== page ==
Our tenants skipped town last week. They left two truckloads of trash, the stench of cigarette smoke, and disgusting bathrooms and floors. The state of the apartment was not a surprise. During some routine maintenance to the AC unit, Rob noticed the cigarette smoke, and the general disarray of the unit.
At that point, we informed them that we would start eviction proceedings if they continued to smoke in the unit. They stopped smoking indoors, but the stench lingered on.
Our former renters paid the rent late in July, later still in August, and now they are gone. For being the type of people who skip town without cleaning, they've actually been great renters. For 18 months they paid the rent on time and in full. Aside from the smoke and routine wear and tear, they didn't damage the unit. Plus, they had the courtesy to inform me that I could dispose of their crap.
These are a few lessons that I've learned from my rookie landlord experience.
Check with former landlords
We verified income, credit, and criminal backgrounds, but we did not think to contact former landlords. My guess is that our renters have done this in the past. Now I know.
First, last and security deposit
In my limited rental experience, I was only required to put up a security deposit and one month's rent prior to signing the lease. It turns out that if you work with lower income tenents, first, last and a security deposit are traditional.
We will use about 80% of the security deposit to clean up the smoke, the carpets, and a few odds and ends. This means that we're out a month's rent.
We obviously won't pursue the tenent for nonpayment (other than a letter), but we could have been virtually whole.
Trust your gut
Rob always felt a bit suspicious of our current renters. They seemed to dislike that he asked questions, even though his purpose in asking questions was to provide preventative maintenance as needed. Last October, he suggested that we should not renew their lease. I emotionally agreed, but on paper they still seemed fine.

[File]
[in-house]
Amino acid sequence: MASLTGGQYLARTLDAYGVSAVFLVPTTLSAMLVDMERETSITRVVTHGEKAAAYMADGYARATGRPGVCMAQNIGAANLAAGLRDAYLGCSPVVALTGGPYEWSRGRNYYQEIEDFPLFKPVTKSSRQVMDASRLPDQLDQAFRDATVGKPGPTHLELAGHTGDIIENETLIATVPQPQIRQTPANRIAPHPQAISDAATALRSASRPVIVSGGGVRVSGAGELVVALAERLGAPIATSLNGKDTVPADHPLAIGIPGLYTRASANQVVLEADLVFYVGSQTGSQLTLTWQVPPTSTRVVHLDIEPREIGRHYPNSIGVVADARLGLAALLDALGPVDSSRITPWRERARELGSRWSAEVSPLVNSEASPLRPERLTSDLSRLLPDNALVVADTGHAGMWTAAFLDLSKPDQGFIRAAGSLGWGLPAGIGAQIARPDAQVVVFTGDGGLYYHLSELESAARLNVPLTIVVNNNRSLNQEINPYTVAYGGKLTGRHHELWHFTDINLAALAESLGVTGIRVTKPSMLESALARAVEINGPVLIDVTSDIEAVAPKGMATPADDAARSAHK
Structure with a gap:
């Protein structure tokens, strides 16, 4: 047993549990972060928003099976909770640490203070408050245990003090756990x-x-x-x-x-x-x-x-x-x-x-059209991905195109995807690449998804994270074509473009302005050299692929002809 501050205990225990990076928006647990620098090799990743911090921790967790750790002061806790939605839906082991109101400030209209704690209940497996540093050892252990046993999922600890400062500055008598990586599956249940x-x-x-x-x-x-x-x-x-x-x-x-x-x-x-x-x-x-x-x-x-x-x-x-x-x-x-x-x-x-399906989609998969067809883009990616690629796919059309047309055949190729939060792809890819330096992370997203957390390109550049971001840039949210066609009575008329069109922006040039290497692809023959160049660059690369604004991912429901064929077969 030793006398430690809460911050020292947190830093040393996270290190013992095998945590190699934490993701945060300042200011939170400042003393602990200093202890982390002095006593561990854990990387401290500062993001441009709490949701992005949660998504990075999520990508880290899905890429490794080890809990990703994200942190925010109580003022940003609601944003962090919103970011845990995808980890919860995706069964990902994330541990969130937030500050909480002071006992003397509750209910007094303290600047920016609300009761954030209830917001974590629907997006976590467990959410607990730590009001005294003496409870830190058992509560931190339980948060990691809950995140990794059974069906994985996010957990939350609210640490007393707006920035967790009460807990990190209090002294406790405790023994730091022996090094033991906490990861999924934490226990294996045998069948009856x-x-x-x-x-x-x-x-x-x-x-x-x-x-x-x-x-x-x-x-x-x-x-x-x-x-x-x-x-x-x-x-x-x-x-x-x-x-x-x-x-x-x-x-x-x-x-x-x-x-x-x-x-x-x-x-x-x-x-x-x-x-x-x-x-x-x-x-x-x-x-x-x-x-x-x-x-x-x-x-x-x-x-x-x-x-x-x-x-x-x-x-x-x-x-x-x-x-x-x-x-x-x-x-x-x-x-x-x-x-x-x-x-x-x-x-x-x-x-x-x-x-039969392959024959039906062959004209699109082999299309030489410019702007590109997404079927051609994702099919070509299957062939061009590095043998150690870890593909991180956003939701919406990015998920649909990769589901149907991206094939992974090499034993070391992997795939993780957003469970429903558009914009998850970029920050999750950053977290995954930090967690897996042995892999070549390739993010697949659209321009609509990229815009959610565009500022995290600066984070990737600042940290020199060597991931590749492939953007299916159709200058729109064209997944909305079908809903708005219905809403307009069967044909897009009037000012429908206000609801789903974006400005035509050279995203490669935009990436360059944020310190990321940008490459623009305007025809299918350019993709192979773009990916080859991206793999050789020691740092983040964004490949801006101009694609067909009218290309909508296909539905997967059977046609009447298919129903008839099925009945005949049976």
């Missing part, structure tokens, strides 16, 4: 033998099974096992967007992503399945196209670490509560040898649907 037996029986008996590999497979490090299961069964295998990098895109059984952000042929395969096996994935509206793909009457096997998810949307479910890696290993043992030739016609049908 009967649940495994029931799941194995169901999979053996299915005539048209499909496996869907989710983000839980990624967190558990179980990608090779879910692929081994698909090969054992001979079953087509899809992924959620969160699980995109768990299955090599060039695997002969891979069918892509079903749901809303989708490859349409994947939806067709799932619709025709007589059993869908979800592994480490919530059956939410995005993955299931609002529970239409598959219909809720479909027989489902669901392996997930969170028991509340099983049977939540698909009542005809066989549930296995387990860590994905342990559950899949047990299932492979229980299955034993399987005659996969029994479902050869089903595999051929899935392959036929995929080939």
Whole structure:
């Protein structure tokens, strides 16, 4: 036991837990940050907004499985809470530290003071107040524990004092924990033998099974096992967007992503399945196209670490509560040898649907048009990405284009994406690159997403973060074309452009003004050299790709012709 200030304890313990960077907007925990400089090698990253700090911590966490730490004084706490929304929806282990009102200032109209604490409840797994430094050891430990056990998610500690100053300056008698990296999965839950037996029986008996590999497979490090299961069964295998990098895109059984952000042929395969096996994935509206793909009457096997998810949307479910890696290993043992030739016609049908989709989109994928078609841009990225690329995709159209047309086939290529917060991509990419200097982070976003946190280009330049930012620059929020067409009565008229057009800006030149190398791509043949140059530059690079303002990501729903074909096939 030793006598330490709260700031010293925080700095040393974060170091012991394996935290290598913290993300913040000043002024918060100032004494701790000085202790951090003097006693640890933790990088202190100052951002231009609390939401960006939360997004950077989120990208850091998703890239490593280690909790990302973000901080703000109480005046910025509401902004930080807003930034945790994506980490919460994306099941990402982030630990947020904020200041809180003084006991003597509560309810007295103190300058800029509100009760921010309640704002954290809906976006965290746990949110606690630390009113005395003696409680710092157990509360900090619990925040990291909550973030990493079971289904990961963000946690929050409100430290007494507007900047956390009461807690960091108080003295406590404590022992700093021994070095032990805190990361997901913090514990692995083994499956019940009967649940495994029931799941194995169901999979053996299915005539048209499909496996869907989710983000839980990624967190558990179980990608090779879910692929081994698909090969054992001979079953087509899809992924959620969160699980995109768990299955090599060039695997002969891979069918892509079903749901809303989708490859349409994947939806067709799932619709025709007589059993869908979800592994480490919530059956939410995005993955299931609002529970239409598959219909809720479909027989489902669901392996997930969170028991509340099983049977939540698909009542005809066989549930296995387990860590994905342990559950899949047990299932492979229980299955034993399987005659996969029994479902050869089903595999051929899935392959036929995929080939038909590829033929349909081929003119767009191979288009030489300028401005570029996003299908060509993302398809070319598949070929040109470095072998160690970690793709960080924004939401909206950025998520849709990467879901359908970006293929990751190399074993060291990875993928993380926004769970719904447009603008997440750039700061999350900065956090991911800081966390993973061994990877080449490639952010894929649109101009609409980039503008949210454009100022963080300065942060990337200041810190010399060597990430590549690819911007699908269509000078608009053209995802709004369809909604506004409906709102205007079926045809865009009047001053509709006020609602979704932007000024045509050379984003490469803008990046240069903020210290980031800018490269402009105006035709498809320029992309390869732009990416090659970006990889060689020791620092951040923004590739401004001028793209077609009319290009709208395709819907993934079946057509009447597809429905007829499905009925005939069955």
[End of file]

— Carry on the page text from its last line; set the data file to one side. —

I should have listened to the heart logic on that, even if it wasn't perfectly accurate. Our goal is to attract a lot of qualified tenents, so we can "listen to our gut" on this one.
Charge lower rent
Would you take a loss of $100 per month to save you about $1800 in lost rent + $500ish in repairs? A lower rent may give us the ability to attract a higher quality tenent. The prevailing rental rate in the neighborhood right now seems to be $950-$1050. We're thinking of pricing our unit at $875-$900 to attract the right tenents.
In a lower quality neighborhood, with a unit that is only modestly more upgraded than average, we have little extra to offer a tenent, so we need to consider cutting our price.
I'm stilll researching this, since the unit isn't exactly in the dregs of society. It's a lower middle class neighborhood, and we may find those high quality tenents without dropping the price too much. Once I complete my research, I will report back to you.
Your worst case numbers are realistic
Our house easily passes the 1% Rule, but we ran the numbers for maintenance, upgrades, vacancy etc. It's easy to see us coming close to our worst case scenario this year.
It's still a profitable venture, because this is a paid off house, but it's not such a slam dunk.
Worst case numbers happen in the stock market, and they happen in real estate. I guessed that we would have a lot of middle of the road years, but so far we've had one amazing year, and one pretty bumpy year.
We shall see what the next year holds for us.
I'm a wife, a mom, an employee, and a personal finance nerd who is devoted to spreadsheeting my way through life.